The Twitter "fail whale."

Study Says CEOs Are “Social Media Slackers”

June 25, 2009 10:30 AM
by Liz Colville
A study by ÜberCEO suggests that most CEOs of Fortune 100 companies are absent from social media sites like Twitter. Are their companies missing out?

A “Miserable Level of Engagement”

ÜberCEO, which researches and reports on top CEOs, conducted a month-long study on the social media activities of Fortune 100 CEOs.

Looking at their use of social media sites such as Facebook, Wikipedia, Twitter and LinkedIn, ÜberCEO notably found that none of the Fortune 100 CEOs has a blog and “81% of CEOs don’t have a personal Facebook page.”

Perhaps most shocking of all, in light of Twitter’s popularity, “Only two CEOs have Twitter accounts.”

ÜberCEO also observed that while these CEOs might have a Wikipedia page or a LinkedIn profile, the Wikipedia pages are largely outdated and the CEOs haven’t bothered to make many connections on LinkedIn, a career-centric social network that allows people to give and receive job recommendations and find job opportunities.

The Fortune 100 companies of 2009 include household names like AT&T, Rite Aid, Target, Wal-Mart and Dell. See the full list at the Fortune Web site.

“[T]he top CEOs appear to be disconnected from the way their own customers are communicating,” ÜberCEO concluded. “CEOs have the opportunity to positively effect their company’s perception, visibility and brand experience by taking part in social media activities. Right now, they’re absent from the discussion. With the public already skeptical about large corporations, CEOs can’t afford to pretend that social media is not for them.”

Different Approaches to Social Media

Some businesses are leading by example. Although they may not be part of the Fortune 100, they are plowing ahead of more established names with their online savvy.

The CEO of online shoe store Zappos, Tony Hsieh, is one of the most well-known executive presences on Twitter. Hsieh follows more than 400,000 Twitter users and is followed by more than 800,000. His profile provides contact information for Zappos customers and the press. It is no surprise that on the Zappos Web site, the company writes that Hsieh’s leadership “focus[es] relentlessly on customer service.”

Ford, which is on the Fortune 100 list, may not have a big executive presence in social media, but the company is open-minded about it, and deploys a head of social media, Scott Monty, who helps maintain and enhance the company’s image online. Business-to-business social media strategist Ron Ploof recently conducted a case study of how Monty used social media to save Ford from a difficult PR situation.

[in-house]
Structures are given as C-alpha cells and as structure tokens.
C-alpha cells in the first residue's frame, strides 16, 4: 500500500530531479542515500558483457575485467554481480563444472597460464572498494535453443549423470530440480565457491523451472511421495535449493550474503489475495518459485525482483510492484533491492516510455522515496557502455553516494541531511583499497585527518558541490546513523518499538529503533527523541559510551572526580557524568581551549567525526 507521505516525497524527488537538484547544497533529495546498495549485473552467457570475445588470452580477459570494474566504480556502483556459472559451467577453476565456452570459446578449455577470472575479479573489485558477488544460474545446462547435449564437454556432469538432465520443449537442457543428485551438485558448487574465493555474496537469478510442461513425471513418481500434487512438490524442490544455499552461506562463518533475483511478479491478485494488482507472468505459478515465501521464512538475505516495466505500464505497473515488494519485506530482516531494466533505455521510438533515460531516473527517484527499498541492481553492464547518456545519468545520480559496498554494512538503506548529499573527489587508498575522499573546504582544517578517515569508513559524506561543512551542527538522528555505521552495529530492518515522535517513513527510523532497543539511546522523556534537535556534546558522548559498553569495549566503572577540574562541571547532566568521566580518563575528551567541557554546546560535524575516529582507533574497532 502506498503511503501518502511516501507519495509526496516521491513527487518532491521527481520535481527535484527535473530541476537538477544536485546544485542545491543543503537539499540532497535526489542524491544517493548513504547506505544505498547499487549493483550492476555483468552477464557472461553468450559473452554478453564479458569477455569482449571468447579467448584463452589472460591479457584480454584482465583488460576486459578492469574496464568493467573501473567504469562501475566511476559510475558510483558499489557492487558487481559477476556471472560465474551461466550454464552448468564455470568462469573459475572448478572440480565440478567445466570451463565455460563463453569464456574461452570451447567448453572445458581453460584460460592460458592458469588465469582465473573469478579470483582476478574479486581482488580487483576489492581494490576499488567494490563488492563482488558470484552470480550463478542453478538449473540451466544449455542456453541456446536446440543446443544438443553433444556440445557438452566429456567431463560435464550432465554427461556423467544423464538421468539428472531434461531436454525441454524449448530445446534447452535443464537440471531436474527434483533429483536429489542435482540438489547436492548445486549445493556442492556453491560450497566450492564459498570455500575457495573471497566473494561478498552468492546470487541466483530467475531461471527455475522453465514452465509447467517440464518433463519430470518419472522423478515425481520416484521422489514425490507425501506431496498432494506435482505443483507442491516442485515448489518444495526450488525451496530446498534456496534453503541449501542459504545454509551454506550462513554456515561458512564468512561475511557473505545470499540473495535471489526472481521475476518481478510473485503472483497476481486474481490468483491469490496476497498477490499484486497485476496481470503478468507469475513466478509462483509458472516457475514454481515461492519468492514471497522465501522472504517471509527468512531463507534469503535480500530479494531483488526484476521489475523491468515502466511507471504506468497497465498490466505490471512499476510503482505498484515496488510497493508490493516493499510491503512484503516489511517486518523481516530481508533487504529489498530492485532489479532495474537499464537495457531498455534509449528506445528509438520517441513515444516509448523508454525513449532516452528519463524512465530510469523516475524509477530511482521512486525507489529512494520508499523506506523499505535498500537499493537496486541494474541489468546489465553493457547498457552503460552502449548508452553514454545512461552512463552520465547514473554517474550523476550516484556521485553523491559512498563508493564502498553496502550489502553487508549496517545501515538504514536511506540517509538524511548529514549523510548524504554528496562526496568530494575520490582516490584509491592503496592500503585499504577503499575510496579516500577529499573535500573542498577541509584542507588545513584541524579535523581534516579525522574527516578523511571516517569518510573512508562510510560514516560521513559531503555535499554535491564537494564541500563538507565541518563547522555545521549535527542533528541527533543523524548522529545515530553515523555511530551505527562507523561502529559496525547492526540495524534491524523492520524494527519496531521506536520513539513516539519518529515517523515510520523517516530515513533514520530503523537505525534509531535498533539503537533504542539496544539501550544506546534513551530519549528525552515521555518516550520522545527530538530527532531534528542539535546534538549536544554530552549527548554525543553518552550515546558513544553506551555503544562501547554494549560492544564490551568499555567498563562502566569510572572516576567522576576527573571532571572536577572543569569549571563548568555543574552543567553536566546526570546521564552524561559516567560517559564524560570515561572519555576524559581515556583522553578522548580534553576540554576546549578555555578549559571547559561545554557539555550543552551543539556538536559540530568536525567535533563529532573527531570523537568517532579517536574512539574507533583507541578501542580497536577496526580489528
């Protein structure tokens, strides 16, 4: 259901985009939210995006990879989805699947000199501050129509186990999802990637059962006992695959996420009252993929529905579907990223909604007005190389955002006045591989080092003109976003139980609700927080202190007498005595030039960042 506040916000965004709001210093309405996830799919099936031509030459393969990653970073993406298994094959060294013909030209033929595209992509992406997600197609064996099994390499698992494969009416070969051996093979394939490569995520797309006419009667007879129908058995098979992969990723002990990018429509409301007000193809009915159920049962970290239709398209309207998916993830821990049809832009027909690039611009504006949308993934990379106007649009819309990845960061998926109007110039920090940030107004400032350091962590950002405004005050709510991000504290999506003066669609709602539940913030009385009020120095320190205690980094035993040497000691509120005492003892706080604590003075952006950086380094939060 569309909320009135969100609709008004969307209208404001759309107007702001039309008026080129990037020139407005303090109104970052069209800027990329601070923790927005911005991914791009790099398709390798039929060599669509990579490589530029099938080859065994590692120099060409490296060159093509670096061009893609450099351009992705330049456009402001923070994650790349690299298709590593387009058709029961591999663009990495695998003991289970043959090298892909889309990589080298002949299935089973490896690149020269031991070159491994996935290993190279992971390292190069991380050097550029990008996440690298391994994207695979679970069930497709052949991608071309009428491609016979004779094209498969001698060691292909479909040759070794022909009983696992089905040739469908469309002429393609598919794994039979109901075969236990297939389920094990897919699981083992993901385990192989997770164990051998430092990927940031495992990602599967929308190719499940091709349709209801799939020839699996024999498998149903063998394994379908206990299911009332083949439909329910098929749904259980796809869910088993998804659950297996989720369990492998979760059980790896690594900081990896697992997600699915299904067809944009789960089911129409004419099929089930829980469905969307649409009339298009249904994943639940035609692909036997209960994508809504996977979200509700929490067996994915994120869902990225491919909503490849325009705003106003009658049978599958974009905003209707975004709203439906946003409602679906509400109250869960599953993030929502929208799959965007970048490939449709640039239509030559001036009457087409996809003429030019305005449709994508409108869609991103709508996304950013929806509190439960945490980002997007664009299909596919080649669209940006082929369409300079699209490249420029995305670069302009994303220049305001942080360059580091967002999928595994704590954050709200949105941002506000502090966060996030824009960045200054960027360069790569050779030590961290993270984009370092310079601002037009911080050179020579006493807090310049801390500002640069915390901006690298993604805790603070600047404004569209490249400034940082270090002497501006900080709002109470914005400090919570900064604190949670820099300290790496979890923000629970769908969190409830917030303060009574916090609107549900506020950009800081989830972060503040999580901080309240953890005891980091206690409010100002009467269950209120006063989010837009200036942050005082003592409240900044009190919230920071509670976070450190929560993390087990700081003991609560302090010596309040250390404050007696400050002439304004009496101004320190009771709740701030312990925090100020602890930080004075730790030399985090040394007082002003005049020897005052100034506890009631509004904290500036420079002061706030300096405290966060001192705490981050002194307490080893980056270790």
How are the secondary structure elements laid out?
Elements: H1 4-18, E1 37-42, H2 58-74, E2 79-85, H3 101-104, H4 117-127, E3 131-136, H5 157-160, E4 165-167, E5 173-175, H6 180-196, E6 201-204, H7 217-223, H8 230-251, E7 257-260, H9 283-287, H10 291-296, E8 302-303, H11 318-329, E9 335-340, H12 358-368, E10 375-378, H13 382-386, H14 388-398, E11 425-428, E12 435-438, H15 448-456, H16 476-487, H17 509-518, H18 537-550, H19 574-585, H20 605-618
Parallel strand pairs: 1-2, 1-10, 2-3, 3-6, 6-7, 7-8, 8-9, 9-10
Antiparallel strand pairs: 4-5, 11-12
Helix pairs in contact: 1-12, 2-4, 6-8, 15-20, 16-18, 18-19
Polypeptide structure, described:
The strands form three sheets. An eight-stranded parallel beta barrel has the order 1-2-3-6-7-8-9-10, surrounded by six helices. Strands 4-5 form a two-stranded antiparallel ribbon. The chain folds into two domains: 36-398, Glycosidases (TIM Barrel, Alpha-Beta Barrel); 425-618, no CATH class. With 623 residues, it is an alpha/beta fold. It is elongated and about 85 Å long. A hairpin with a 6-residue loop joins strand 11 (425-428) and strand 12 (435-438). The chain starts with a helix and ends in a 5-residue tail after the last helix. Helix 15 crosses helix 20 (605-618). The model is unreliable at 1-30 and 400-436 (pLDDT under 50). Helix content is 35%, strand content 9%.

As Tom Foremski, a commenter on the ÜberCEO site, suggested, it may be better for companies to follow Ford’s lead than to ask their CEOs to start using Twitter. “If I were a shareholder of an F100 company I wouldn’t want to see the CEO Twitting away all day.”

The other extreme is for companies to create such a mystique around their brand that cyberspace keeps talking without their help. As The New York Times reported following the release of Apple's iPhone 3GS and news of CEO Steve Jobs’ liver transplant, Apple does just that. The Times went so far as to say the company has an “obsession with secrecy.”

“For a technology company that views itself as innovative, it’s a little odd that they are getting a reputation for lack of transparency,” Charles Elson, director of the John L. Weinberg Center for Corporate Governance at the University of Delaware, told The Times.

Why Social Media?

Ryan Healy of the blog Employee Evolution said in a May 2008 post that all businesses must “meet their potential customers on their own turf,” adding that “[e]ven if it takes a while, online credibility will eventually lead to mainstream coolness. … Not only will your company immediately be considered cool in the tech world, but when one of these sites becomes a legitimate hit, like Twitter is about to become, your company will be mainstream-cool as well.” 

As ReadWriteWeb noted soon after Healy’s post, many companies are starting to see the benefits, as more are allowing their employees to use social media during the day, according to data from several 2008 studies. A report from the firm Awareness, Inc. indicated that “75 percent of employees are already using social networking sites such as Facebook, MySpace and LinkedIn for business purposes, up 15 percent from 2007.”

At a recent Social Media Boot Camp, a series put on by the Social Media Club, one of the event’s founders, Howard Greenstein, told the audience we’re working in a “gift economy,” and that people must share with others what they discover and learn. Another founder, Chris Heuer, urged the audience to “Serve your market.” Many businesses forget to listen to their customers, he said.

“Help people, save time, make money, get more done, be happy, find meaning, connect with others and find greater satisfaction,” Heuer added. Learn more about that event on the findingDulcinea blog.

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Reference: Using Social Media


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